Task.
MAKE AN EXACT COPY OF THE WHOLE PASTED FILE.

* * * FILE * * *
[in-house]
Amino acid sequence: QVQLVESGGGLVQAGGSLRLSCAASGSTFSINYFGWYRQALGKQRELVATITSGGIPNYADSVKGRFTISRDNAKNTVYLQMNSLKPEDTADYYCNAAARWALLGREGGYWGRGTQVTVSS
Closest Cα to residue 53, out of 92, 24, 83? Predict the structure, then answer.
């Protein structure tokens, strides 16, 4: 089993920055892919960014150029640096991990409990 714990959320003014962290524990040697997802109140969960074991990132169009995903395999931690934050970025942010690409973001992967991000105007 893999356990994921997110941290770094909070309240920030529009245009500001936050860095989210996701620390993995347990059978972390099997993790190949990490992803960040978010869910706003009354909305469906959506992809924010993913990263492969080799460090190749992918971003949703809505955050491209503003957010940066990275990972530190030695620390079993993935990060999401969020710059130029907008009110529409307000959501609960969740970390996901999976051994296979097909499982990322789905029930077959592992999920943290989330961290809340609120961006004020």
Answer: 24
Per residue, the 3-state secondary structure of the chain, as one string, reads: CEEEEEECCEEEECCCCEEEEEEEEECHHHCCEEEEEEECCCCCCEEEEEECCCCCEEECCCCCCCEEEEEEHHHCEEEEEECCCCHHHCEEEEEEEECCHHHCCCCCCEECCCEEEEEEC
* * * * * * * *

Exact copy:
[in-house]
Amino acid sequence: QVQLVESGGGLVQAGGSLRLSCAASGSTFSINYFGWYRQALGKQRELVATITSGGIPNYADSVKGRFTISRDNAKNTVYLQMNSLKPEDTADYYCNAAARWALLGREGGYWGRGTQVTVSS
Closest Cα to residue 53, out of 92, 24, 83? Predict the structure, then answer.
């Protein structure tokens, strides 16, 4: 089993920055892919960014150029640096991990409990 714990959320003014962290524990040697997802109140969960074991990132169009995903395999931690934050970025942010690409973001992967991000105007 893999356990994921997110941290770094909070309240920030529009245009500001936050860095989210996701620390993995347990059978972390099997993790190949990490992803960040978010869910706003009354909305469906959506992809924010993913990263492969080799460090190749992918971003949703809505955050491209503003957010940066990275990972530190030695620390079993993935990060999401969020710059130029907008009110529409307000959501609960969740970390996901999976051994296979097909499982990322789905029930077959592992999920943290989330961290809340609120961006004020």
Answer: 24
Per residue, the 3-state secondary structure of the chain, as one string, reads: CEEEEEECCEEEECCCCEEEEEEEEECHHHCCEEEEEEECCCCCCEEEEEECCCCCEEECCCCCCCEEEEEEHHHCEEEEEECCCCHHHCEEEEEEEECCHHHCCCCCCEECCCEEEEEEC